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By Steve Lohr

As travel costs rise and airlines cut service, companies large and small are rethinking the face-to-face meeting — and business travel as well. At the same time, the technology has matured to the point where it is often practical, affordable and more productive to move digital bits instead of bodies.

The emerging trend, analysts say, goes well beyond a reaction to rising travel costs and a weakening economy. “These technology tools are going to change the way corporations think about travel and work in the long run,” an analyst at Forrester Research, Claire Schooley, said.
Past predictions that technology could replace travel have been frequent and premature. The main difference today, analysts say, is that the technology is finally catching up to its promise. No single breakthrough explains the progress, but rather a series of step-by-step advances — and steady investment — in telecommunications networks, software and computer processing.


Companies of all sizes are beginning to shift to Web-based meetings for training and sales presentations. “Only in the last two years has the technology gotten to point where it really makes sense to use it,” said Alan Minton, vice president for marketing at Cornerstone Information Systems, a 60-person business software company in Bloomington, Ind.
With his sales force doing many product demonstrations online, Mr. Minton estimates the group’s travel costs of have been cut by 60 percent and the average time to close a new sale has been reduced by 30 percent.

No one suggests that the face-to-face meeting is becoming obsolete, or that it is time for a requiem for the road warrior. Companies talk about using digital tools mainly as a way of making business travel more selective and more productive.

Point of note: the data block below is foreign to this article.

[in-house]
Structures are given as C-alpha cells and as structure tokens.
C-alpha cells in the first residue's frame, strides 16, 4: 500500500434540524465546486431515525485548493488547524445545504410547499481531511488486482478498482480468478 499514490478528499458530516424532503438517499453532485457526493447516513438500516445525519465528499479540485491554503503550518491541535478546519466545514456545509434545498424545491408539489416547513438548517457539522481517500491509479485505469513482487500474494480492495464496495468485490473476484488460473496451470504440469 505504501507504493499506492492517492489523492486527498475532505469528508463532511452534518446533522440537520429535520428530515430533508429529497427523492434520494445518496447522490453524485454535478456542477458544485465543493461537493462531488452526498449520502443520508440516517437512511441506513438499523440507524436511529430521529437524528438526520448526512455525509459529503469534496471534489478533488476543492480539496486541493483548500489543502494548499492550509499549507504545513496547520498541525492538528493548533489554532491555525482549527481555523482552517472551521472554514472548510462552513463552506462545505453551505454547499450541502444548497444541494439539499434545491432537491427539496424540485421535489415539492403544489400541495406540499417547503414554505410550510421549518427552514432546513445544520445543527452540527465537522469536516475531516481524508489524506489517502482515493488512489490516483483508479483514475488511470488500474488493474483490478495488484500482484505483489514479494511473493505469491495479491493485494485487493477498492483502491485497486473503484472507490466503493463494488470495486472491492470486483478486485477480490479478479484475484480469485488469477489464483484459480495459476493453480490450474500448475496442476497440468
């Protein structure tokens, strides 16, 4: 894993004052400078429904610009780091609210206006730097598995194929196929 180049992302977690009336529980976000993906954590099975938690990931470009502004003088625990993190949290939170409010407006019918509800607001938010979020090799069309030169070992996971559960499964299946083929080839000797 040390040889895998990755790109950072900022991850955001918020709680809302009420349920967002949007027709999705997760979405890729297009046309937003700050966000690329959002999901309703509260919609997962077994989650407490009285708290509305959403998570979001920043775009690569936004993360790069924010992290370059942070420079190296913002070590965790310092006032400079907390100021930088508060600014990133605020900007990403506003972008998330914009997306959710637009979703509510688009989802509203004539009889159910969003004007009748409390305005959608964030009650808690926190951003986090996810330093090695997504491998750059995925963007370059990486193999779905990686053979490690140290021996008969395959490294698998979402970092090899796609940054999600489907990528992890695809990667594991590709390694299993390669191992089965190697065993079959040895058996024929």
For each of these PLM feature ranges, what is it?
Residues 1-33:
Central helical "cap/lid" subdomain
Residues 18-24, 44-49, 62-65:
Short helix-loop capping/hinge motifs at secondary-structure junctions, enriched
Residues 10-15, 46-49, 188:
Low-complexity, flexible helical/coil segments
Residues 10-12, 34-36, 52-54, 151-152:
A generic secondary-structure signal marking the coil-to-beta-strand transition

Still, the potential for digital displacement of business travel is substantial. A report last month by the Global e-Sustainability Initiative, a group of technology companies, and the Climate Group, an environmental organization, estimated that up to 20 percent of business travel worldwide could be replaced by Web-based and conventional videoconferencing technology.

The most dedicated business travelers tend to be management consultants, investment bankers, accountants, lawyers and technology services consultants. Much of their work has to be done in person with clients. But these professionals are increasingly using online collaboration tools for work within their firms.


At I.B.M., Michael Littlejohn, a work force and technology expert in the company’s global services unit, said two years ago, he was on the road 13 to 15 days a month. These days, he says, he travels 8 or 10 days a month. “But my time spent with clients is not less,” he said. “To really understand a client’s problems or to close a deal, you need face to face.”

Corporate training and education is a field many companies are moving online, in part to trim travel costs. Darryl Draper, the national manager of customer service training for Subaru of America, used to travel four days a week, nine months of the year, presenting educational programs at dealers nationwide. Today, Ms. Draper rarely travels and nearly all of her training is done online.
Previously, Ms. Draper estimated, in six months she would reach about 220 people at a cost of $300 a person. She said she now reaches 2,500 people every six months at a cost of 75 cents a person.


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